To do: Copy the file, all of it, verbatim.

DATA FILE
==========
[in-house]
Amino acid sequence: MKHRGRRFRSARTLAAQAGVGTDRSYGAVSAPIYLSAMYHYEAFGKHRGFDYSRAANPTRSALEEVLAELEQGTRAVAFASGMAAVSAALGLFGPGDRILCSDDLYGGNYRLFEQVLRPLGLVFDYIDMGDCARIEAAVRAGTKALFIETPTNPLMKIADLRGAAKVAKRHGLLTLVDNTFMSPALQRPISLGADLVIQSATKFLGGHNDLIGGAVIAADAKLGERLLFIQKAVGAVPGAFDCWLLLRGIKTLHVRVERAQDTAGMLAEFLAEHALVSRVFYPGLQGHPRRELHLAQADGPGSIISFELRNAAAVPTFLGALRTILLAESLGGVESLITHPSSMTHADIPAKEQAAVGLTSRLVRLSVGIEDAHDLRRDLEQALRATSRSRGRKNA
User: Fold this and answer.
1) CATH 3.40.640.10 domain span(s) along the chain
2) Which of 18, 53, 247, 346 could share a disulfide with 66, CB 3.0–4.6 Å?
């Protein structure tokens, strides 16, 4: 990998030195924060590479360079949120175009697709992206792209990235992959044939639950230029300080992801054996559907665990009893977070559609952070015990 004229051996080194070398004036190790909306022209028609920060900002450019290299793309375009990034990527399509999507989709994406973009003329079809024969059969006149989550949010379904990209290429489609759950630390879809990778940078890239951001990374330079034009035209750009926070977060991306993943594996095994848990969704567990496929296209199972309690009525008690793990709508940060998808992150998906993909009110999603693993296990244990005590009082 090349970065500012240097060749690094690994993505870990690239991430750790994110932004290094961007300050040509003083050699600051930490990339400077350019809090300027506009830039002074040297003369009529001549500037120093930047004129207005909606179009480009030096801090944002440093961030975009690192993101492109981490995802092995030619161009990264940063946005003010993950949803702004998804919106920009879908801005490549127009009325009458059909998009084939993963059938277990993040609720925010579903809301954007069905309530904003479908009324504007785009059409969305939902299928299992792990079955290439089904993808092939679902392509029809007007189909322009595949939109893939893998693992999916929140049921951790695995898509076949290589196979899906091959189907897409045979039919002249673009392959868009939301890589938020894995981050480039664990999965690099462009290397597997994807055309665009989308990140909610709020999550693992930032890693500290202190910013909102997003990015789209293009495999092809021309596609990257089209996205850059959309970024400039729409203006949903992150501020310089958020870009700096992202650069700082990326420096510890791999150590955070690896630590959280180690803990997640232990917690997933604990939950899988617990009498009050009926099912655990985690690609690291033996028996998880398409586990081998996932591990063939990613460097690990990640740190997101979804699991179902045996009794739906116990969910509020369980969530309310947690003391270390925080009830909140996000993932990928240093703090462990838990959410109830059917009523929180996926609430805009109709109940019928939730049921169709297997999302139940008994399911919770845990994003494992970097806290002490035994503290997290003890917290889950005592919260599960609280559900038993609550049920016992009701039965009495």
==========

[in-house]
Amino acid sequence: MKHRGRRFRSARTLAAQAGVGTDRSYGAVSAPIYLSAMYHYEAFGKHRGFDYSRAANPTRSALEEVLAELEQGTRAVAFASGMAAVSAALGLFGPGDRILCSDDLYGGNYRLFEQVLRPLGLVFDYIDMGDCARIEAAVRAGTKALFIETPTNPLMKIADLRGAAKVAKRHGLLTLVDNTFMSPALQRPISLGADLVIQSATKFLGGHNDLIGGAVIAADAKLGERLLFIQKAVGAVPGAFDCWLLLRGIKTLHVRVERAQDTAGMLAEFLAEHALVSRVFYPGLQGHPRRELHLAQADGPGSIISFELRNAAAVPTFLGALRTILLAESLGGVESLITHPSSMTHADIPAKEQAAVGLTSRLVRLSVGIEDAHDLRRDLEQALRATSRSRGRKNA
User: Fold this and answer.
1) CATH 3.40.640.10 domain span(s) along the chain
2) Which of 18, 53, 247, 346 could share a disulfide with 66, CB 3.0–4.6 Å?
């Protein structure tokens, strides 16, 4: 990998030195924060590479360079949120175009697709992206792209990235992959044939639950230029300080992801054996559907665990009893977070559609952070015990 004229051996080194070398004036190790909306022209028609920060900002450019290299793309375009990034990527399509999507989709994406973009003329079809024969059969006149989550949010379904990209290429489609759950630390879809990778940078890239951001990374330079034009035209750009926070977060991306993943594996095994848990969704567990496929296209199972309690009525008690793990709508940060998808992150998906993909009110999603693993296990244990005590009082 090349970065500012240097060749690094690994993505870990690239991430750790994110932004290094961007300050040509003083050699600051930490990339400077350019809090300027506009830039002074040297003369009529001549500037120093930047004129207005909606179009480009030096801090944002440093961030975009690192993101492109981490995802092995030619161009990264940063946005003010993950949803702004998804919106920009879908801005490549127009009325009458059909998009084939993963059938277990993040609720925010579903809301954007069905309530904003479908009324504007785009059409969305939902299928299992792990079955290439089904993808092939679902392509029809007007189909322009595949939109893939893998693992999916929140049921951790695995898509076949290589196979899906091959189907897409045979039919002249673009392959868009939301890589938020894995981050480039664990999965690099462009290397597997994807055309665009989308990140909610709020999550693992930032890693500290202190910013909102997003990015789209293009495999092809021309596609990257089209996205850059959309970024400039729409203006949903992150501020310089958020870009700096992202650069700082990326420096510890791999150590955070690896630590959280180690803990997640232990917690997933604990939950899988617990009498009050009926099912655990985690690609690291033996028996998880398409586990081998996932591990063939990613460097690990990640740190997101979804699991179902045996009794739906116990969910509020369980969530309310947690003391270390925080009830909140996000993932990928240093703090462990838990959410109830059917009523929180996926609430805009109709109940019928939730049921169709297997999302139940008994399911919770845990994003494992970097806290002490035994503290997290003890917290889950005592919260599960609280559900038993609550049920016992009701039965009495």